Racine argues that PHW was on “actual notice” that there was a predator on their property, had a description of the predator, and had recorded camera coverage of the areas where the attacker was located. She further provides the following characterizations of events and evidence: “the attacker from room 5620 is seen on the video evidence getting onto the elevator,” “the attacker is seen on the Planet Hollywood Casino escalator,” “the attacker's whereabouts is tracked for the entire time between 3:56 a.m. and the time he attacked Plaintiff Racine.” The argument, and characterization of the evidence, appears to recognize that the critical circumstance in determining whether the man's attack against Racine was foreseeable was whether PHW knew, or should have known, that the man who descended the escalator to valet parking at 3:56:30, and who then remained in valet parking until just prior to 4:10 a.m., was either “an attacker” or “the attacker.”
The Court does not disagree that the man who grabbed Alamsahebpour's waist, and who attacked Lee in her room, can be labeled as an attacker. The reports given by Alamsahebpour and Lee would establish, at the time the reports were given, that each was attacked by a man, an “attacker.” Further, that the same man was involved in both incidents indicates an increased likelihood that the man would engage in further inappropriate conduct against woman.
That the man can be described as an attacker by those aware of his acts against Alamsahebpour and Lee does not, however, establish that the man would be recognized, or “seen,” or “tracked” as an attacker by someone unaware of the man's prior conduct. The only conduct of the man recorded on video that Racine suggests is indicative of the man's attack on Lee is that he broke into a run in the lobby. The video also shows that he maintained the run only briefly, and then returned to a walk. The Court cannot agree that a person observing the Westgate lobby at 3:48 a.m., (a time prior even to the call first reporting generally the Lee incident) would have recognized the man as “an attacker” because he briefly broke into a run. A person observing the Westgate Tower elevator at 3:46 a.m. would not have recognized that the man getting on the elevator on the 56th floor, and pushing a button for the lobby, was “an attacker.” A person observing the escalator descending from the PHW casino to the valet area at 3:56 a.m., in the company of a woman that the man appeared to know, would not have recognized the man as “an attacker.” Further, while the call had already been made at 3:54 a.m. from room 5620 to security that reported a sexual assault had occurred, an observer with knowledge of that call would not have recognized the man descending the escalator as “the attacker.” The man's conduct, as recorded in the video, does not identify him as either “an attacker” or “the attacker.”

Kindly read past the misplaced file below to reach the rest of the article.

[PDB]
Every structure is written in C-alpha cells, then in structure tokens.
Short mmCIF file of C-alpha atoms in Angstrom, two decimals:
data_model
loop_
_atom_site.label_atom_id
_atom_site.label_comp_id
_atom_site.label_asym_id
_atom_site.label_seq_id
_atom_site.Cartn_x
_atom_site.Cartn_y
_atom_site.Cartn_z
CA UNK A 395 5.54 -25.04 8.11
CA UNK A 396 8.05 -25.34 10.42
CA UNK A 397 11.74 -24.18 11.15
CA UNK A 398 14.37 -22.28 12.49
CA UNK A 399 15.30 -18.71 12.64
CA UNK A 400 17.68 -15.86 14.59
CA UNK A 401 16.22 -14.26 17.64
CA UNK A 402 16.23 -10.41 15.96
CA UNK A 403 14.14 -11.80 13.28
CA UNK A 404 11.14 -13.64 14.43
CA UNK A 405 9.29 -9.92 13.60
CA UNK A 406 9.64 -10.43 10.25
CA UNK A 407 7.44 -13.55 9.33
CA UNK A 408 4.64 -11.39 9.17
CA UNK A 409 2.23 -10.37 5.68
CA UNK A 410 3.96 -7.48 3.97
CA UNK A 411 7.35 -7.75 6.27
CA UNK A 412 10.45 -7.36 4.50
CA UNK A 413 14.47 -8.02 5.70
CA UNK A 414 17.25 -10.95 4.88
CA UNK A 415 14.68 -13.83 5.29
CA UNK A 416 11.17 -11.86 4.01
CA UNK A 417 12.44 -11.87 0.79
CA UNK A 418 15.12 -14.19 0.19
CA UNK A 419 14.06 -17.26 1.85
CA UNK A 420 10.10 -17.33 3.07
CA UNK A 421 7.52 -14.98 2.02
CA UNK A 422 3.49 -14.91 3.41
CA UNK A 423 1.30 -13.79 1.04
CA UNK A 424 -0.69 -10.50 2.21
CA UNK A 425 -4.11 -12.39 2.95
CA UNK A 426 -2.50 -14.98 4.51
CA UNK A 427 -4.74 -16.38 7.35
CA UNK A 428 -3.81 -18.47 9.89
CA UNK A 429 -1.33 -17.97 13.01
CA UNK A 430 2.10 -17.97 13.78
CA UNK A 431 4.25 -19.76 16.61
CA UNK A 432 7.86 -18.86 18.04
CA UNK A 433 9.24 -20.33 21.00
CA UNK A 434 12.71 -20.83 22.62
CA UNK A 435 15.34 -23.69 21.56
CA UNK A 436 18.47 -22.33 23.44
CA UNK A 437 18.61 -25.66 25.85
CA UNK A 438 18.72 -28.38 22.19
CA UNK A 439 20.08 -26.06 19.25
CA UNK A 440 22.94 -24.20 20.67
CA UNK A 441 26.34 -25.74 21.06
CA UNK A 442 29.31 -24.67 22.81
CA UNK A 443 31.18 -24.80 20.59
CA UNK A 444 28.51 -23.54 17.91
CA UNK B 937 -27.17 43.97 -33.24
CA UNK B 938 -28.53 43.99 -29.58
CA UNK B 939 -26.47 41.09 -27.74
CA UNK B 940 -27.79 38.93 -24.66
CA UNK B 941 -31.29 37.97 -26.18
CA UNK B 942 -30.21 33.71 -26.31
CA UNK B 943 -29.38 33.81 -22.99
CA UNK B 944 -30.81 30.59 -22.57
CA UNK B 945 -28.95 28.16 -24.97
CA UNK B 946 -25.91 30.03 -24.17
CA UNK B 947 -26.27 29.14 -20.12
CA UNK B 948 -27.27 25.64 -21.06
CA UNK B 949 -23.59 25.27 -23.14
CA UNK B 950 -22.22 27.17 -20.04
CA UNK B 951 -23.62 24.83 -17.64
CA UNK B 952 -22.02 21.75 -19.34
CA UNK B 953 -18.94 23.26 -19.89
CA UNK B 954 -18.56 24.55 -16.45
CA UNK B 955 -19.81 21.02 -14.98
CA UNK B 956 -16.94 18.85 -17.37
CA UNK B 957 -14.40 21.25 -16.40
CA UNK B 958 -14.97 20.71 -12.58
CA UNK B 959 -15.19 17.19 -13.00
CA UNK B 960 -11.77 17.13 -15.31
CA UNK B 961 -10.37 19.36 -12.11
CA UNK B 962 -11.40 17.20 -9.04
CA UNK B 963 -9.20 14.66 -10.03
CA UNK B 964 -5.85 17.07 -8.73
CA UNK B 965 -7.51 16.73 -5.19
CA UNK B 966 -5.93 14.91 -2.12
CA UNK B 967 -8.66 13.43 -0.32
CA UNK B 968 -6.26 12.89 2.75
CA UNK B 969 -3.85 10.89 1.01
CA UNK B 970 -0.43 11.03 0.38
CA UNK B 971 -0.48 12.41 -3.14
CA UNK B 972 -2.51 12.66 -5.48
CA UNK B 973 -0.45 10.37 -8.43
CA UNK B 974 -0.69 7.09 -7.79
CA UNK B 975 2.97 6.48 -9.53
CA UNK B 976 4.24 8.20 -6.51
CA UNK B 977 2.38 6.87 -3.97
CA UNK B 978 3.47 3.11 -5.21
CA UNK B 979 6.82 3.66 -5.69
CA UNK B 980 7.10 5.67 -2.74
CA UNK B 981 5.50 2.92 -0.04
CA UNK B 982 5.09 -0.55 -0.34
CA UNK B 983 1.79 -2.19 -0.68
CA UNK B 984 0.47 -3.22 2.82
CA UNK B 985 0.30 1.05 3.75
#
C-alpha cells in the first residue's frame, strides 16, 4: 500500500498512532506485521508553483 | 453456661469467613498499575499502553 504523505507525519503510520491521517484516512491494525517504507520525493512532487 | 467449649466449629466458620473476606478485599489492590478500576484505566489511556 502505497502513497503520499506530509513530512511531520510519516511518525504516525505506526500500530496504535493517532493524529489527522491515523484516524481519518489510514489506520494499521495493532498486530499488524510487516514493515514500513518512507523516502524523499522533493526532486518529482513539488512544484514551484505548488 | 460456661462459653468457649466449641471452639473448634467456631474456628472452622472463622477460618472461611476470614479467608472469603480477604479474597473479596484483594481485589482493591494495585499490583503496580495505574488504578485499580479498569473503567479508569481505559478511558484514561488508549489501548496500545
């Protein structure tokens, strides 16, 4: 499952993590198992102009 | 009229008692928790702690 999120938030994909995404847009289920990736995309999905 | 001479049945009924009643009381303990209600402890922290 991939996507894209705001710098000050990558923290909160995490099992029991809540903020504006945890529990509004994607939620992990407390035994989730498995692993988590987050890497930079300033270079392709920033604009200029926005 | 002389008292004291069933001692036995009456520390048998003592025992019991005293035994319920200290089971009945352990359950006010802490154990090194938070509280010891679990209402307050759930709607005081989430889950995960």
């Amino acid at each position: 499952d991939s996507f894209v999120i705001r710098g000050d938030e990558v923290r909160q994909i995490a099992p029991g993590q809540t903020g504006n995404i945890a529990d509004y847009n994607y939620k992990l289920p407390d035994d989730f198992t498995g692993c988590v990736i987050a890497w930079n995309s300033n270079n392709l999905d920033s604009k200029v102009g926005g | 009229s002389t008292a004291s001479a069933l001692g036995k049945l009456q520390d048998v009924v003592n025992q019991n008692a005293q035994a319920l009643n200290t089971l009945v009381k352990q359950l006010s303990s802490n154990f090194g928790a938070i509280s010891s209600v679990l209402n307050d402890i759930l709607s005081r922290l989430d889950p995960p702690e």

While Racine argues that “the attacker's whereabouts is tracked for the entire time between 3:56 a.m. and the time he attacked Plaintiff Racine,” the record does not support this characterization. Racine's argument concerns the three recordings made starting at 3:56:30 a.m. of the man descending the escalator, exiting the escalator and entering valet, and of the valet area. PHW did not receive a description of the man, a description that would allow a person aware of the description to identify the man as “the attacker,” until some time between 3:58 a.m. and 4:20 a.m. Officer Koss's report does not indicate when he received Alamsahebpour's and Lee's descriptions, though his report suggests it was after 3:58 (when he first arrived in room 5620) and before 4:20 a.m. (when LVMPD were notified). The only other witness to the timing as to when PHW received the descriptions was Alamsahebpour. In response to a leading question suggesting the description occurred at the beginning of her interactions with security, she testified that she didn't remember the sequence of events once security arrived at the room, but “[felt] that the description of him was probably first.” Alamsahebpour Deposition, p. 42, ll 2–7. However, even assuming Alamsahebpour and Lee both described the man to PHW immediately after Officer Koss arrived at room 5620, that description would not have been available to a person observing the escalator at 3:56 a.m., or the exit of the escalator and the entrance of valet parking at 3:57 a.m. Further, a person who began observing the images then being recorded by the valet area camera at 3:58 a.m., (i.e., the earliest any person observing that recording would have had a description of the man) would not have “seen” or “tracked” either the described man or “the attacker.” By 3:58 a.m., the man had already entered the valet area and moved to a location where he appears to sit down. As a result of the quality of the video recording, the camera's location, and the location where the man sat down, even the most careful review of the video that was recorded at 3:58 a.m. does not permit the conclusion that the man, “the attacker,” was then in the valet area. The same is true of the remaining video of the valet area submitted to the Court. Thus, while it is true that the man's presence in valet can now be “tracked” from 3:58 through at least 4:06 a.m., such “tracking” is only possible with the benefit of hindsight. The video evidence submitted to the Court requires a conclusion that a person who began observing the recording being made by the valet camera immediately after learning the man's description (i.e., no earlier than 3:58 a.m.) would not have been able to recognize that “the attacker” was in that camera's field of view.